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Review – The Girl Under the Olive Tree by Leah Fleming

TGirl under the olive tree by leah  flemingitle: The Girl Under the Olive Tree

Author: Leah Fleming

Publisher: Simon and Schuster

Published: Dec 2012

Genre: Women’s Fiction; Historical Fiction

Source: Library

My Rating: 3.5/5

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Penny has many memories kept locked up in her mind and heart, but when she is invited to go to Crete with her family, she is forced to once again remember a life of war, lived long ago.

I have to admit I mainly chose this book due to the author’s name beginning with an ‘f’ which I needed for my A-Z author challenge I am doing this year with a penpal group on Goodreads. I was also drawn to it as I find books, both fictional and non-fiction about either of the world wars, very interesting.

The book is written in two points of view; that of Penny’s who was a Red Cross nurse during the war, and later, the view of a German soldier who was sent to Greece. There is also a flicking between two time periods – the time of the war, and the time when Penny is remembering.  To begin with this was very annoying as many of the ‘chapters’ of the present literally stated that Penny was remembering and therefore simply slowed the story down. However, in the second half of the book, the actions in the present are important to the discovery of the story, and give a greater understanding of the characters.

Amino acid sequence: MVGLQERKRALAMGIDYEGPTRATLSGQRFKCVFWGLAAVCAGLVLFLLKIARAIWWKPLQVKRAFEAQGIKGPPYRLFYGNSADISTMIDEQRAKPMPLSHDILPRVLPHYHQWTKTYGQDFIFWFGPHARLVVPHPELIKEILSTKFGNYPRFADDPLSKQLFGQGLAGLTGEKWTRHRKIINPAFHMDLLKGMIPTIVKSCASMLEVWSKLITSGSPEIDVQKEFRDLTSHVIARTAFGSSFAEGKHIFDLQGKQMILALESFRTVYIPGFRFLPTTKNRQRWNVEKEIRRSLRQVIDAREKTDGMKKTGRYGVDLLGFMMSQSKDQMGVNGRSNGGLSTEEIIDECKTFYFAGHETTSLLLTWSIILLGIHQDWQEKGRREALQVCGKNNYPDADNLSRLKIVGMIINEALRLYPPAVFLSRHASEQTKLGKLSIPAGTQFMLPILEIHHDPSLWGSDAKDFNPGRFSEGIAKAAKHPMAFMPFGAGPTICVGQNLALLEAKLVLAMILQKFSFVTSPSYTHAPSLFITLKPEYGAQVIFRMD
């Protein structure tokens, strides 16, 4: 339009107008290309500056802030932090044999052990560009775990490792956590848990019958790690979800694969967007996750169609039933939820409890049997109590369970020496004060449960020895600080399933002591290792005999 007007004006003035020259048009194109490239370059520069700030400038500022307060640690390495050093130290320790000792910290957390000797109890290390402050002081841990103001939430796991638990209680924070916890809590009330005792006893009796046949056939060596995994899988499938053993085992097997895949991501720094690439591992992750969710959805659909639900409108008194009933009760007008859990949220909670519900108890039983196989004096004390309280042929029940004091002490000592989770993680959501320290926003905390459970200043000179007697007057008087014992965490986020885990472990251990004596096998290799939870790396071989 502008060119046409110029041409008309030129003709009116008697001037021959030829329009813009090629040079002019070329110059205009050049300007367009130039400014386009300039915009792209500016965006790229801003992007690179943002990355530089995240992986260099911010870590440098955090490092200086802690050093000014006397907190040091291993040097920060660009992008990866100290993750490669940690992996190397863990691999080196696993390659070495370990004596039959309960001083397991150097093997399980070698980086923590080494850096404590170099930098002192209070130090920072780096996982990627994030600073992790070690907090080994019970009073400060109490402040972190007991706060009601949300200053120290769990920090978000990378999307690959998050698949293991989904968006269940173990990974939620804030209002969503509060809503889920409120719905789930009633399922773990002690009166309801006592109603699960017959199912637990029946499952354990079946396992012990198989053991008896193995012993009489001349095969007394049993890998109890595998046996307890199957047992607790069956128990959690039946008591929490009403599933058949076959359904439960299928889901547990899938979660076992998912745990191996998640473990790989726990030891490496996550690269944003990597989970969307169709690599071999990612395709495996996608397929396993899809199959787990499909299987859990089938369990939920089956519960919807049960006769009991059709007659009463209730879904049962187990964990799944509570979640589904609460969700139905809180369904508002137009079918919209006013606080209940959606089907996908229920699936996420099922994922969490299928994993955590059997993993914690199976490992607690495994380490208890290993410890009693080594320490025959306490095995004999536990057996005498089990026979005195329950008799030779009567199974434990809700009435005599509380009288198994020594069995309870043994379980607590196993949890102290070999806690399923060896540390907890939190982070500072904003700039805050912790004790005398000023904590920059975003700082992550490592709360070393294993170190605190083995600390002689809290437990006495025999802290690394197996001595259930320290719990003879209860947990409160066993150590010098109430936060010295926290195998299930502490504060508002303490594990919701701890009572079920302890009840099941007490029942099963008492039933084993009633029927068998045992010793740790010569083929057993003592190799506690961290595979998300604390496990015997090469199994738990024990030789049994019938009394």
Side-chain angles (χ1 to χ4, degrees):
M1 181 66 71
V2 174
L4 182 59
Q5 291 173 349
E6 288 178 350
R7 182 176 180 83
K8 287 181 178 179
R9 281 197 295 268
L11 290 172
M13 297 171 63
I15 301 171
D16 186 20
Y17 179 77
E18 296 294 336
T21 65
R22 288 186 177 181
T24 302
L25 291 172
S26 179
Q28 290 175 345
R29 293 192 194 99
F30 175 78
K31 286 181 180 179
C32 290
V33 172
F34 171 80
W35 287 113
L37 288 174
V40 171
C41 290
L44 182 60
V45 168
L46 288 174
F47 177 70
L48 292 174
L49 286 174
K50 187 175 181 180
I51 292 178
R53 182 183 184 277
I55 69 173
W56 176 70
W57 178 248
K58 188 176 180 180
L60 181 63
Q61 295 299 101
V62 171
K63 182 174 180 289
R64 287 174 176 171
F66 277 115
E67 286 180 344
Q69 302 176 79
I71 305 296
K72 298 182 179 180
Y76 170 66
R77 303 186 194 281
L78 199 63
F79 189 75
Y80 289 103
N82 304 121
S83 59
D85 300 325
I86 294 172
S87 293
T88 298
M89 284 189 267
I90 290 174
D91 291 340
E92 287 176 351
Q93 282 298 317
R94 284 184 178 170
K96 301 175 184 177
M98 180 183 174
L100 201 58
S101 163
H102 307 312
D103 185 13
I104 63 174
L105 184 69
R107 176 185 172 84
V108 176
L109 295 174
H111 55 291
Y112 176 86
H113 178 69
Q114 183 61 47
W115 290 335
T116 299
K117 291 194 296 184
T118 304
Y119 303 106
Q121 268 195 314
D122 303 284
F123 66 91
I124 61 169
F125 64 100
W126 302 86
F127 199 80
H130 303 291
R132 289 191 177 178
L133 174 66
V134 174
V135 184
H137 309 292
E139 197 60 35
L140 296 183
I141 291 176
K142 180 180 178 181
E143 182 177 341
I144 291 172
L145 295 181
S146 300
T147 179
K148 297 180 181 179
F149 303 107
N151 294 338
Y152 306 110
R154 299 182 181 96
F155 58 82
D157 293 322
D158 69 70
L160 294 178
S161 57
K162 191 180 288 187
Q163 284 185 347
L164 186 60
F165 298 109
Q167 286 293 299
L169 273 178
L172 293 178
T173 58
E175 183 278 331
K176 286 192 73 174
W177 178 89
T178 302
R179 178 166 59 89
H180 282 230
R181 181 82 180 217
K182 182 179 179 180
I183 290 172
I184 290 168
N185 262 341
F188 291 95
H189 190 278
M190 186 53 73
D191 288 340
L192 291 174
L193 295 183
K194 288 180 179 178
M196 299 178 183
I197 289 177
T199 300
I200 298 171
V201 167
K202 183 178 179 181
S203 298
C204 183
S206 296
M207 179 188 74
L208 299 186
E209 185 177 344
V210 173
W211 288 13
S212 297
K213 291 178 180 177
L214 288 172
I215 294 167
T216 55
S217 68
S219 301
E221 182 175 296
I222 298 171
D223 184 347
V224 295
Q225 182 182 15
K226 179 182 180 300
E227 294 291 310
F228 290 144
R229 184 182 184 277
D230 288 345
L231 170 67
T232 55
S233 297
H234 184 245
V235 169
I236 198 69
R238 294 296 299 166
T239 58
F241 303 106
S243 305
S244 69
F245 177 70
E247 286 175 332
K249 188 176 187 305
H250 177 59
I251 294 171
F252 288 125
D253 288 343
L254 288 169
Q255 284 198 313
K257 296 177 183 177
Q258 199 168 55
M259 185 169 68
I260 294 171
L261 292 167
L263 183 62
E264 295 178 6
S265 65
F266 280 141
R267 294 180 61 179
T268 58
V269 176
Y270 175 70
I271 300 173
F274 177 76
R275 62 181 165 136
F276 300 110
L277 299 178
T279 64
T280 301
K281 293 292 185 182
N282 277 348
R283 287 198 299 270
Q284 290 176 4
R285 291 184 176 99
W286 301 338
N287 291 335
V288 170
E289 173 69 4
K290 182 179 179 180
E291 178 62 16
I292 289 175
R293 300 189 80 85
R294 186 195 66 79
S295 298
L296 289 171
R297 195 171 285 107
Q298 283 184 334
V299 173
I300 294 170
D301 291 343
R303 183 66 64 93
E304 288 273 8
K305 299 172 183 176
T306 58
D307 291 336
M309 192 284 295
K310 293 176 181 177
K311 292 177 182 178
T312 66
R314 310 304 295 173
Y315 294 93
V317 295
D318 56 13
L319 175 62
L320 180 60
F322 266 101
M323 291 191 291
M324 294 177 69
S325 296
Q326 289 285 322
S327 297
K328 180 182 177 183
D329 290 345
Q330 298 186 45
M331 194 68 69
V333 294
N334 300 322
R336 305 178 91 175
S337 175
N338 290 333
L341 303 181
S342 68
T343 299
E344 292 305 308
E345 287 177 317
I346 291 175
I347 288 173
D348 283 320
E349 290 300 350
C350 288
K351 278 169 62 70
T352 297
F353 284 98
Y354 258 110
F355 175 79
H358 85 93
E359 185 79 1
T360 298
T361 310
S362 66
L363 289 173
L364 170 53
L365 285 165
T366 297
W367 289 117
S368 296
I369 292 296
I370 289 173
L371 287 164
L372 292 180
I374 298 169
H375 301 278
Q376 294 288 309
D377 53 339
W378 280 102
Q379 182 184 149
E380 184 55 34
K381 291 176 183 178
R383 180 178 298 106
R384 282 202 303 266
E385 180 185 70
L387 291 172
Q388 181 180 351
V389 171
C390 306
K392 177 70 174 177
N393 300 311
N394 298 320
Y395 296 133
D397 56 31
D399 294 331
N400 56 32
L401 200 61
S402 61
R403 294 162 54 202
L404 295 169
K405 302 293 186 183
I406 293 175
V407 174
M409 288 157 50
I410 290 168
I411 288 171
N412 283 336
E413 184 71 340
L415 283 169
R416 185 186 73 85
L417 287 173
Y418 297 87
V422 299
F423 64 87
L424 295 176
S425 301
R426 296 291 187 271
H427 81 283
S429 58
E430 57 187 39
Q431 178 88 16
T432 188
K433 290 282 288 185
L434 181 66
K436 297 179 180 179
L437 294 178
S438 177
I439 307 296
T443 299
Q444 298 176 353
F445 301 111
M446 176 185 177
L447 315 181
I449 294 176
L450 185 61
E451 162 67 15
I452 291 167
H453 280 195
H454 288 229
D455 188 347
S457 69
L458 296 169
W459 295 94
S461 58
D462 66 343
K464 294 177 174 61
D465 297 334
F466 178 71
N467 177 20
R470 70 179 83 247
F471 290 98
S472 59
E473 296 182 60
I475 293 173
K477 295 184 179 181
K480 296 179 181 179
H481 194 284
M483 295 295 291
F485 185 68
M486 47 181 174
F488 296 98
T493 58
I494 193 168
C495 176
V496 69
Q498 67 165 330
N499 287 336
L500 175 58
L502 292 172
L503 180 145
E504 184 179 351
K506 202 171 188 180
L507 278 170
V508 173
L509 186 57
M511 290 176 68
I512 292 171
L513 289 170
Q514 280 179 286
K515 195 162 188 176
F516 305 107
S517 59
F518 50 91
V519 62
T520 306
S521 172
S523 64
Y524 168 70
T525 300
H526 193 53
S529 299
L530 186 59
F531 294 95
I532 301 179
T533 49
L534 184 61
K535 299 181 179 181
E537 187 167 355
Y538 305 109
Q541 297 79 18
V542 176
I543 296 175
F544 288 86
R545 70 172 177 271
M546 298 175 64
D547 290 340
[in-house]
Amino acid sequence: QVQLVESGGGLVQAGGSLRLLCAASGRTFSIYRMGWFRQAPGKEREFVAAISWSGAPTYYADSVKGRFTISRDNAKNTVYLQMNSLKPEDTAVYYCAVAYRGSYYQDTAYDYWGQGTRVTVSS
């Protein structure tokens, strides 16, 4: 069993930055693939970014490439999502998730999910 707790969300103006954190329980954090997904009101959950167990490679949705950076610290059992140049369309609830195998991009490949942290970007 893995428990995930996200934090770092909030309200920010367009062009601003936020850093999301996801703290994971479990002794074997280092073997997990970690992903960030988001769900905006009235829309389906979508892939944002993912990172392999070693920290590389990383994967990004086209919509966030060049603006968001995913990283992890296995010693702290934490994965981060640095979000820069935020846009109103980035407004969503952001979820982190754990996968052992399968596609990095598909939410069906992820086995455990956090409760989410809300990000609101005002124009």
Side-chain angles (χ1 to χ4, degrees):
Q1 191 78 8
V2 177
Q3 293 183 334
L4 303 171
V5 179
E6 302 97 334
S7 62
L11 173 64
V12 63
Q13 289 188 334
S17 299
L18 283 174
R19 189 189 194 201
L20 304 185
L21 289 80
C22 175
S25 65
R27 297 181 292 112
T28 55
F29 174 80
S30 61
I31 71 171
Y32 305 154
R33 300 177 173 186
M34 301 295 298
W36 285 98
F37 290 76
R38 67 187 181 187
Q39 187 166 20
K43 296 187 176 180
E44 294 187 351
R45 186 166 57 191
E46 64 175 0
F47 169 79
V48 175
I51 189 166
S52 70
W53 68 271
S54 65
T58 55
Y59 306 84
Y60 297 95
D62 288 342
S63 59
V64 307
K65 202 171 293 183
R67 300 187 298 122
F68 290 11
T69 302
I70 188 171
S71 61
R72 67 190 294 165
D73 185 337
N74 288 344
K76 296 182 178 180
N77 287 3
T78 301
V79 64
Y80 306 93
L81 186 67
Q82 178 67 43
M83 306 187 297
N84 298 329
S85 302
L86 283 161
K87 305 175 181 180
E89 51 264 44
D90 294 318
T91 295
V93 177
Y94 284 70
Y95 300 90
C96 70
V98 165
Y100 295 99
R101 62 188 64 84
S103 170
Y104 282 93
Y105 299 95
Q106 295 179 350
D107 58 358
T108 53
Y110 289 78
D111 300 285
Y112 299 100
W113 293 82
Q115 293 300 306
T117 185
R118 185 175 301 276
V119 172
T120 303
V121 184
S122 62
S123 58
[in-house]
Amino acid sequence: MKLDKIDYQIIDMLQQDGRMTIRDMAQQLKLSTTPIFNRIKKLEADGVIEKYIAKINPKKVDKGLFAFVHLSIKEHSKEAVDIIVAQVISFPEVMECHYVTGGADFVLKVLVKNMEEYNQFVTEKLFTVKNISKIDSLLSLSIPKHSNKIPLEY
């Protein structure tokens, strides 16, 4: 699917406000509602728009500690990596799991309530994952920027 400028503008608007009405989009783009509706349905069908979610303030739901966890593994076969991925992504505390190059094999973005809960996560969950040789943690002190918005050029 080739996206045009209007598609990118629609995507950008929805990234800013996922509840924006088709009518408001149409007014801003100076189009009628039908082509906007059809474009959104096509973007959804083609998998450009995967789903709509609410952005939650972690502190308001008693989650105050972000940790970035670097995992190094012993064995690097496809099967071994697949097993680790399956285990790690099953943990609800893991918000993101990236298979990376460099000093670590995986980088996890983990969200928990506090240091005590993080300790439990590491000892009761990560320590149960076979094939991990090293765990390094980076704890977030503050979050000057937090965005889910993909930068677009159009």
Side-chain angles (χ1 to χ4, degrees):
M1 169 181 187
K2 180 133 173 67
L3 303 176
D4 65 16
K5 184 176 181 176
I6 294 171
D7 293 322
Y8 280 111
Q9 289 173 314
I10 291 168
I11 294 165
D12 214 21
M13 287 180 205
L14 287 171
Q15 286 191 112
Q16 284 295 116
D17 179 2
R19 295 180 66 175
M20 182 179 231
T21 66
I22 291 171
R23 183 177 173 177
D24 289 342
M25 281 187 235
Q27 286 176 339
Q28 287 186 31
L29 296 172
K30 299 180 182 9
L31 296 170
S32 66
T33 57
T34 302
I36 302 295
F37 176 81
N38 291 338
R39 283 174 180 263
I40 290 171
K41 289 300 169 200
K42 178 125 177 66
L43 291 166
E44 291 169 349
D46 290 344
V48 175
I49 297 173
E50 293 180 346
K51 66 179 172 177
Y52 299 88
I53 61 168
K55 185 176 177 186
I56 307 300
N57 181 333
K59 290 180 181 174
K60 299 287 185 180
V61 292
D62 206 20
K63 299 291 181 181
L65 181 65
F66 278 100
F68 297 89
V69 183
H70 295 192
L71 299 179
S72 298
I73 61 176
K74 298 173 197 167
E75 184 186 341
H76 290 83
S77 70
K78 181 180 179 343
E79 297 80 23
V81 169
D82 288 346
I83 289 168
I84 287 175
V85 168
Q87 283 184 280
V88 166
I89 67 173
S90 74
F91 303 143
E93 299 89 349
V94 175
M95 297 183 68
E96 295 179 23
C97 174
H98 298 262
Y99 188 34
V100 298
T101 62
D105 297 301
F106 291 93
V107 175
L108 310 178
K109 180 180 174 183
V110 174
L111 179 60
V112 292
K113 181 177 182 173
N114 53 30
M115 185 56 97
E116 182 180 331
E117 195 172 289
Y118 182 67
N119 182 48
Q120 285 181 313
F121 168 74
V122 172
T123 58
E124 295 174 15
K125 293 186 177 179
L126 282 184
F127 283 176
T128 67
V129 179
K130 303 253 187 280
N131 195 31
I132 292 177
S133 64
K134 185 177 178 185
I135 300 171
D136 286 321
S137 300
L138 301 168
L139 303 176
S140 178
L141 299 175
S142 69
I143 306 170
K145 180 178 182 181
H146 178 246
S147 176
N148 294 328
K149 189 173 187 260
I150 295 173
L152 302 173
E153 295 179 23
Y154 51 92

Personally I enjoyed having the two conflicting points of view, and seeing how the two main characters are linked with one another, even though they are on opposing sides. It is not a love story, though feels as though it could have been and the attraction between the two characters are played on a lot throughout the story.

Of course, when writing about any time in history, it can be difficult with hindsight, especially regarding the opinions of the main characters. There was a strong Jewish community in Crete which also played a main part in the story; however I feel the author has succeeded in not showing bias beyond the character’s own actions, which I was grateful for. Obviously the holocaust was horrific, but it can be easy to forget that the individuals all had their own reasons and motivations for their actions, regardless which side they fought on.